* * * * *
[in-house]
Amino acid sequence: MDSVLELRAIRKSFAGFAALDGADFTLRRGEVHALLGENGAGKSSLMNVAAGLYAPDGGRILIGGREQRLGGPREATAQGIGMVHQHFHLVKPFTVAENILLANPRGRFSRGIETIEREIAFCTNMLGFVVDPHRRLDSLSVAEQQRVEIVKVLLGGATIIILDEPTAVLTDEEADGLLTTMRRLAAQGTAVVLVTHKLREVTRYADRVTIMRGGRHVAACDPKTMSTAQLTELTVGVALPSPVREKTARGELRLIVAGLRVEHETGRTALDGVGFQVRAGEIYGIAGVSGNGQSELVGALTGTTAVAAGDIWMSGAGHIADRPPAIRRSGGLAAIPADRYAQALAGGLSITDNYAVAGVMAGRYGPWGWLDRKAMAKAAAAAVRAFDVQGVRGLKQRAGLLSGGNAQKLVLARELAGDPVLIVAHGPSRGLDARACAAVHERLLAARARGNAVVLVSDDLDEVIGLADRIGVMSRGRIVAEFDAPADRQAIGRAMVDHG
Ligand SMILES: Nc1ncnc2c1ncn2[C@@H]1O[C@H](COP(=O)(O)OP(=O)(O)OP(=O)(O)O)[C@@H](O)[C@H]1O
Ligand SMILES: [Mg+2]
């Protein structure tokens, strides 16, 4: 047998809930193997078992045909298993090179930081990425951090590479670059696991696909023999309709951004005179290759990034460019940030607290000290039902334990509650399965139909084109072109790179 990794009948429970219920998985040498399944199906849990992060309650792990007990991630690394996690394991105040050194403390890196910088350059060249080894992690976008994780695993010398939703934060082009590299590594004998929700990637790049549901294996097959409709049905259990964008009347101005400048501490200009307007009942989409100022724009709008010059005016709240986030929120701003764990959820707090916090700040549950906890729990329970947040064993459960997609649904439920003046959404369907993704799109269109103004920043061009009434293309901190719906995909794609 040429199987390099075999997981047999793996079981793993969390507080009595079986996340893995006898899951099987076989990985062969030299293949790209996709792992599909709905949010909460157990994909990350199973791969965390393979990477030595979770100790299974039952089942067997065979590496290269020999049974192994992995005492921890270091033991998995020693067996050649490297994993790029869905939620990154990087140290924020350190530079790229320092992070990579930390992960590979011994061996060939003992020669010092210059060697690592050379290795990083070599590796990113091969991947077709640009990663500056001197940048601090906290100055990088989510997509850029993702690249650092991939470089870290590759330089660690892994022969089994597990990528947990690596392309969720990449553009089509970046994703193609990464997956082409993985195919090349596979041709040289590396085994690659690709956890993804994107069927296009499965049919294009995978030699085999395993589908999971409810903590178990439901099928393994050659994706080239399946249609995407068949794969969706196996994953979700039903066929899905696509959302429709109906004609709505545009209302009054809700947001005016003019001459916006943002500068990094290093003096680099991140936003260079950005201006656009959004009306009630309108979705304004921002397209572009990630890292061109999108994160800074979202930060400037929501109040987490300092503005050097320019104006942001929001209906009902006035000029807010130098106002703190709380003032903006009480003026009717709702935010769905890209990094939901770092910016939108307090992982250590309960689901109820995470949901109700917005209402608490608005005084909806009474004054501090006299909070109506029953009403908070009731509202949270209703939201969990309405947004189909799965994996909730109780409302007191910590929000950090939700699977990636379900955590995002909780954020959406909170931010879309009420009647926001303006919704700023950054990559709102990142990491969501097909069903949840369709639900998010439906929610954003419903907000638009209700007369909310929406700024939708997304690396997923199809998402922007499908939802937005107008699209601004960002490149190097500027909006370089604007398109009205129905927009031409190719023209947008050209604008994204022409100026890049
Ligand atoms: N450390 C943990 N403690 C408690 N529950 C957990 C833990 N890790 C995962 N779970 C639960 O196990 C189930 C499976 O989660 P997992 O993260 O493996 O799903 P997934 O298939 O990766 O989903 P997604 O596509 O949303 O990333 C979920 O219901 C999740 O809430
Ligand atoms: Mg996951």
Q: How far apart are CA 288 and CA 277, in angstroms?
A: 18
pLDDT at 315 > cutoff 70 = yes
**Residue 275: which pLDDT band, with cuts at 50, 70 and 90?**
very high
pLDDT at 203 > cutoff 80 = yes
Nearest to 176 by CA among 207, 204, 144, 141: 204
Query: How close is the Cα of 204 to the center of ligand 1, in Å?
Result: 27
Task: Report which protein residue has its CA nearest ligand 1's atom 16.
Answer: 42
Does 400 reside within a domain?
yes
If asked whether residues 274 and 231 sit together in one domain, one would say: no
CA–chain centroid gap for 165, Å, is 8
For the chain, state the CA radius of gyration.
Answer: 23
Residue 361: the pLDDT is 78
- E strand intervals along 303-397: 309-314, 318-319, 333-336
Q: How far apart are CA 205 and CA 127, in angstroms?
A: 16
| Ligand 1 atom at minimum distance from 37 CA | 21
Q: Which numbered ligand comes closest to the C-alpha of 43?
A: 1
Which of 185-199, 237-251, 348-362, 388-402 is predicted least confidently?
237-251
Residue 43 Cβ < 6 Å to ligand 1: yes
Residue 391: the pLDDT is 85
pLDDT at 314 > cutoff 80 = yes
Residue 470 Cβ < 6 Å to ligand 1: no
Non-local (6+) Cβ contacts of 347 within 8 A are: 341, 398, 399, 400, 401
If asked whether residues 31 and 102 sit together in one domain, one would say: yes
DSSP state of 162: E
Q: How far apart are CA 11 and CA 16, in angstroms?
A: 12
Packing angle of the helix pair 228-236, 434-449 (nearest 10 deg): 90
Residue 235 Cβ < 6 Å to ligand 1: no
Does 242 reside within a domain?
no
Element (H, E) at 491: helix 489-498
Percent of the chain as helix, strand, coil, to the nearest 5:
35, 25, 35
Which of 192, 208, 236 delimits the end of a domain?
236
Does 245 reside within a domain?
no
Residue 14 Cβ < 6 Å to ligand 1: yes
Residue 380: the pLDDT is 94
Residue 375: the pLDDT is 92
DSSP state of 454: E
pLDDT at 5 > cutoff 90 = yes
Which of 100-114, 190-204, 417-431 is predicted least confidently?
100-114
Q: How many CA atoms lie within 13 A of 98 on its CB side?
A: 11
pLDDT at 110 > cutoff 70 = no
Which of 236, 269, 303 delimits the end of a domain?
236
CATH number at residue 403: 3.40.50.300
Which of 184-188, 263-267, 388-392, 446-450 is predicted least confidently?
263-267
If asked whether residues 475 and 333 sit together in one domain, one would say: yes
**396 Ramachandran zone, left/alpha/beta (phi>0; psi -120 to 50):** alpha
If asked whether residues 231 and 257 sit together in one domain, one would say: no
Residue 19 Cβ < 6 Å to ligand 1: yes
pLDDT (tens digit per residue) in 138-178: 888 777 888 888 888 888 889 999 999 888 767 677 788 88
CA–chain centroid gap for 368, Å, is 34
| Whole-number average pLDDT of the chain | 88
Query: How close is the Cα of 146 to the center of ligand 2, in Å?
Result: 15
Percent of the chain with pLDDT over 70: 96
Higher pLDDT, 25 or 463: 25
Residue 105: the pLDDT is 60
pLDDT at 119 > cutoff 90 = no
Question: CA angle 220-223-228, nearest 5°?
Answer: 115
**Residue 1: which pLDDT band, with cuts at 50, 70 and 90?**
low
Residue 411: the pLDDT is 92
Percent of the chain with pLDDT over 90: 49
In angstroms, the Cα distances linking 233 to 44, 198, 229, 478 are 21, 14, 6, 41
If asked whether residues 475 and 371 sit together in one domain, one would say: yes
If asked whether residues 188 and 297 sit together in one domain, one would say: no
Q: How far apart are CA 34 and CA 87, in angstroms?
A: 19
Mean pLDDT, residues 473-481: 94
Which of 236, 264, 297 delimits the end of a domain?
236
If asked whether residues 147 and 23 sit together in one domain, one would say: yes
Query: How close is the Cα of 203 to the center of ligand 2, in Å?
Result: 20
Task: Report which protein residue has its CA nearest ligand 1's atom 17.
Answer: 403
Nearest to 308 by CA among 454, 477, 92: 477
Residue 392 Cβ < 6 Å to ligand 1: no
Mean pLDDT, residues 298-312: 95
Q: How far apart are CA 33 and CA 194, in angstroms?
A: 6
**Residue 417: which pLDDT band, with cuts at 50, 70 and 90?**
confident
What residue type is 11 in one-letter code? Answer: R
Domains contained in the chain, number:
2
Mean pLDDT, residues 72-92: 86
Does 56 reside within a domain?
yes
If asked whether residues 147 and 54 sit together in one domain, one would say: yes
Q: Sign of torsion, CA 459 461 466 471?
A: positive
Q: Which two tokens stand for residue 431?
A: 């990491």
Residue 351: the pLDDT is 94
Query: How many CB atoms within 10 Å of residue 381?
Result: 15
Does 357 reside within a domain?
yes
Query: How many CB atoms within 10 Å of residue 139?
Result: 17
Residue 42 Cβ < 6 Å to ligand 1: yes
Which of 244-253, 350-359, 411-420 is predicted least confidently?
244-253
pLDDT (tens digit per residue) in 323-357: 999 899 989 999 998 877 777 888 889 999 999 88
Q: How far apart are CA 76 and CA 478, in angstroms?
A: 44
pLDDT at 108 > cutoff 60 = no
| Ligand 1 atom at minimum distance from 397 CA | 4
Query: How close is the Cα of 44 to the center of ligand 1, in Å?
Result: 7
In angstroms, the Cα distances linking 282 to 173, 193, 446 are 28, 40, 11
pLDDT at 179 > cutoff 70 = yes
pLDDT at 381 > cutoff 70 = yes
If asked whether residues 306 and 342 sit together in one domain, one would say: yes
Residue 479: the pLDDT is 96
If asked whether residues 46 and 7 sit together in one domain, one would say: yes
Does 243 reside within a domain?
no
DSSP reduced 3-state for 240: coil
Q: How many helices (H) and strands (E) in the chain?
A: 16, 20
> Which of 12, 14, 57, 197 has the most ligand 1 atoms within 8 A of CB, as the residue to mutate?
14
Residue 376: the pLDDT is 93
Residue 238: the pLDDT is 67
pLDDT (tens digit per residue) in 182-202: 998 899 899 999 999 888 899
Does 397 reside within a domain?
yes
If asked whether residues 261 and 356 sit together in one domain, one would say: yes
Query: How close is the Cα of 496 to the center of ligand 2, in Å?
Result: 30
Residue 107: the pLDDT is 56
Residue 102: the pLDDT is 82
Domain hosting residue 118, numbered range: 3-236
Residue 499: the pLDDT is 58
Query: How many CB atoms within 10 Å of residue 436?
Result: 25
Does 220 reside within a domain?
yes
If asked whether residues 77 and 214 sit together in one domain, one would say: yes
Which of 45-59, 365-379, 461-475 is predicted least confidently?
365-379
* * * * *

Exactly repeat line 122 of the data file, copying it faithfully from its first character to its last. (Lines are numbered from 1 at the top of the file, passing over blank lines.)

Does 357 reside within a domain?